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Adverse Drug Reactions On the Rise: What You Can Do to Shield Yourself from the Dangers of ADRs

Adverse reactions to prescription drugs are occurring at alarming rates in U.S. hospitals and elsewhere. It was known back in 1994 that over 2.2 million hospital patients had serious adverse drug reactions (ADRs). That same year, 106,000 patients died from an adverse reaction to a drug.

adverse drug reactions

Before swallowing your next pill, read the steps at the end of this article to reduce your adverse drug reaction risk.

In the Journal of the American Medical Association, which published these results, researchers said, "The incidence of serious and fatal adverse drug reactions in US hospitals was found to be extremely high." That was in 1998. Today, ADRs are still on the rise.

In 1992, there was one adverse drug reaction per every 16,300 prescriptions, according to a study by Knight-Ridder. By 2003, the ratio had grown to one in 9,000.

Adverse Drug Reactions One of the Leading Causes of Death

The JAMA study reported that, in 1994, adverse drug reactions were between the fourth and sixth leading cause of death in the United States.

More recently, a study published in the New England Journal of Medicine found that one in four patients is plagued by side effects from prescription medications.

"It's a problem that is common, in many cases the impact could be prevented or reduced, and it has a large impact on patients," said Tejal Gandhi, lead author of the study and an internist at Brigham & Women's Hospital in Boston.

Of the patients who experienced side effects (out of over 1,200 patients), 13 percent were serious (internal bleeding, low blood pressure, etc.). Another 39 percent were preventable or potentially treatable, such as a patient accidentally receiving a drug he or she is allergic to.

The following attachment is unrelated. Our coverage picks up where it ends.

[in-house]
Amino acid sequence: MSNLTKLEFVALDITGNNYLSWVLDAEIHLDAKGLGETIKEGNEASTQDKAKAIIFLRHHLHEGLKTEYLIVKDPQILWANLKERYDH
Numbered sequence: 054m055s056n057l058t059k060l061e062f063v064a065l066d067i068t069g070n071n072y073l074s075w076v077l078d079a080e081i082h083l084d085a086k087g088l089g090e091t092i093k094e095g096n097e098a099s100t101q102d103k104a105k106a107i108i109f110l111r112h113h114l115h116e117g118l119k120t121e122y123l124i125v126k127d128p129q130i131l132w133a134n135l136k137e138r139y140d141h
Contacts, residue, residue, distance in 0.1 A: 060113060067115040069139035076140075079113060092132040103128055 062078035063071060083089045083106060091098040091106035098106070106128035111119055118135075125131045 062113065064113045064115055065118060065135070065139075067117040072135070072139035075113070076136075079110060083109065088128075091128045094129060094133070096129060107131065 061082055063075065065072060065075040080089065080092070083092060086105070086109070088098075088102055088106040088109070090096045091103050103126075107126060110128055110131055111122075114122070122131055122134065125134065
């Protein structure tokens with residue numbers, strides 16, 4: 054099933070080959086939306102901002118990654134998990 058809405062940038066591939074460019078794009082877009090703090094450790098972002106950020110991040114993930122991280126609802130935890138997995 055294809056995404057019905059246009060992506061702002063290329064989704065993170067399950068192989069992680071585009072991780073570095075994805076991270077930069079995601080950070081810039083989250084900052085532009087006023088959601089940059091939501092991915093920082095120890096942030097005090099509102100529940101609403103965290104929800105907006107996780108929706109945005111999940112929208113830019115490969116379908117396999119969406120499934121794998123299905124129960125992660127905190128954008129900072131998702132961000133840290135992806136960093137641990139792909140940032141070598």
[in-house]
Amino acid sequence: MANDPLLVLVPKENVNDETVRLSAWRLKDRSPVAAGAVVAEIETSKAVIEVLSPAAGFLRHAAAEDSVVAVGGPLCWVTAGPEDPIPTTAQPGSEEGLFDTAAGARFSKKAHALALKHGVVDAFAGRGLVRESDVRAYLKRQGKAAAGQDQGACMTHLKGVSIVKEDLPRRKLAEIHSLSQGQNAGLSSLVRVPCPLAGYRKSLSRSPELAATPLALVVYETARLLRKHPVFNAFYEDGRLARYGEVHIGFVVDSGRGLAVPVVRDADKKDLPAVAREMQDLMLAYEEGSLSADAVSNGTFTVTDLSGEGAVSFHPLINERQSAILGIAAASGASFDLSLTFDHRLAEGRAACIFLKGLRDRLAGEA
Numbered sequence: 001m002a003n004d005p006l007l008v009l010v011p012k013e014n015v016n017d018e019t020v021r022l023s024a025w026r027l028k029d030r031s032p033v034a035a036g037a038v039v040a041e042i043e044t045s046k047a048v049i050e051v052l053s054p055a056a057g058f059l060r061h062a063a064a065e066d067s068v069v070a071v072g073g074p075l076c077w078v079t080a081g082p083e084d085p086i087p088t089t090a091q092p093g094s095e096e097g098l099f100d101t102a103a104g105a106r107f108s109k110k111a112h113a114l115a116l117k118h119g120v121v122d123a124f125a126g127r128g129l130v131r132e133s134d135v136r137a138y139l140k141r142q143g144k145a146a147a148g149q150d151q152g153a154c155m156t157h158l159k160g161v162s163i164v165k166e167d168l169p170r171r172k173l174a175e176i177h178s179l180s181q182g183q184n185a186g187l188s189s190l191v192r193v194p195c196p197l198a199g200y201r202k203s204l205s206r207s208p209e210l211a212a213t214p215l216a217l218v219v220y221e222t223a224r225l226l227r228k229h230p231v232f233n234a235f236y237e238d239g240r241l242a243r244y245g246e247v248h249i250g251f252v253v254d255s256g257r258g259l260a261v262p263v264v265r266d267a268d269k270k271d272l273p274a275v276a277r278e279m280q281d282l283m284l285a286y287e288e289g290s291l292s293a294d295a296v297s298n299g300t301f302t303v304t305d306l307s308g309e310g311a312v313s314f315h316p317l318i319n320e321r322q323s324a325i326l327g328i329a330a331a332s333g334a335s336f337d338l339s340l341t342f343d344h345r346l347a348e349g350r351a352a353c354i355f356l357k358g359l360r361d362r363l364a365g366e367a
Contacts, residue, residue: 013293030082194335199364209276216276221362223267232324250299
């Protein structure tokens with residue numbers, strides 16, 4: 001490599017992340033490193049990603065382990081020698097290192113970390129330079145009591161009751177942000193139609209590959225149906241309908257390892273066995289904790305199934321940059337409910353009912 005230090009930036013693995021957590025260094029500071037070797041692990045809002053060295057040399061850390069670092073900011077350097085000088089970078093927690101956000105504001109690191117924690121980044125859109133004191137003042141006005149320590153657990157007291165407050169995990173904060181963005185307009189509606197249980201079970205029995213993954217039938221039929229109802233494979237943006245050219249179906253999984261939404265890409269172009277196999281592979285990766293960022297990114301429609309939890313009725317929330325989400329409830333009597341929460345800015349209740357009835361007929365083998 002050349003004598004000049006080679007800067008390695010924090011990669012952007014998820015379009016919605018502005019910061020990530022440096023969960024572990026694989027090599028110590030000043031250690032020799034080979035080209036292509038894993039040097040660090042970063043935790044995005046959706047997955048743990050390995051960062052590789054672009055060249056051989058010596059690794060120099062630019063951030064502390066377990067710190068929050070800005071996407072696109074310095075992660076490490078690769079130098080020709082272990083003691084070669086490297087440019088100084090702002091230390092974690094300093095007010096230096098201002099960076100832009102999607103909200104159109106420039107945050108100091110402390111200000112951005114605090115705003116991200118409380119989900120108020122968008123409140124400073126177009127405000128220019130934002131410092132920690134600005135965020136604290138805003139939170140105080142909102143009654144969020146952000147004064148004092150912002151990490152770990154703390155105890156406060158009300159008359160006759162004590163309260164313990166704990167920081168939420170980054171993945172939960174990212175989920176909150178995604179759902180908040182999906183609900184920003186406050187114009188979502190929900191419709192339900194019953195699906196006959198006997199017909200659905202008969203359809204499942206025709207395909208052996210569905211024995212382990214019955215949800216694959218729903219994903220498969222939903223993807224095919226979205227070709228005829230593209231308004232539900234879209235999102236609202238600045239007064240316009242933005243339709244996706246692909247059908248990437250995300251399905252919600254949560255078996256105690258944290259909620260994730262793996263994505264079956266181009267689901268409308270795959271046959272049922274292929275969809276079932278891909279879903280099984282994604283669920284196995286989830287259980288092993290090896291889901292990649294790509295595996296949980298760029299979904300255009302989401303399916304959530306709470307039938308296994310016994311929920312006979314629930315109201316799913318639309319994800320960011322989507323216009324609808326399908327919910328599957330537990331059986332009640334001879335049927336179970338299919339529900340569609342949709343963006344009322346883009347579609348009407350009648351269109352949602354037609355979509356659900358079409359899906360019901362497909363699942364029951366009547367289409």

In an editorial about the study, William Tierney of the Indiana University School of Medicine said, "They found that adverse drug events were fairly frequent and usually mild, although potentially serious, and preventable events were more frequent than any patient or clinician would like (or should be willing) to accept."

Out of the cases that were preventable:

  • Patients were given the wrong drug 45 percent of the time.

  • Patients were prescribed the wrong dose 10 percent of the time.

  • Patients were told to take the drug too frequently 10 percent of the time.

If measures aren't taken to keep mistakes like these from happening, Tierney says the outlook is dim.

" ... Given the increasing number of powerful drugs available to care for the aging population, the problem will only get worse," he said.

Three drug classes appeared to present the greatest risk of side effects:

  • Serotonin-reuptake inhibitor class of antidepressants

  • Non-steroidal anti-inflammatory drugs (NSAIDs), often used for joint pain

  • Calcium-channel blockers, used to treat high blood pressure

Other studies have also found that adverse drug reactions represent a serious risk to Americans. Findings include:

  • An estimated 5 percent of hospital admissions -- over 1 million per year -- are due to drug side effects.

  • ADRs were directly responsible for the hospital admission 3.8 percent of the time, yet 57 percent of them were not recognized by the physician at the time of admission.

  • 18.6 percent of all drugs prescribed prior to hospital admission were contraindicated.

  • Up to 88 percent of ADR-related hospitalizations in the elderly are preventable.

  • Nursing home residents suffer 350,000 ADRs a year, according to the Institute of Medicine.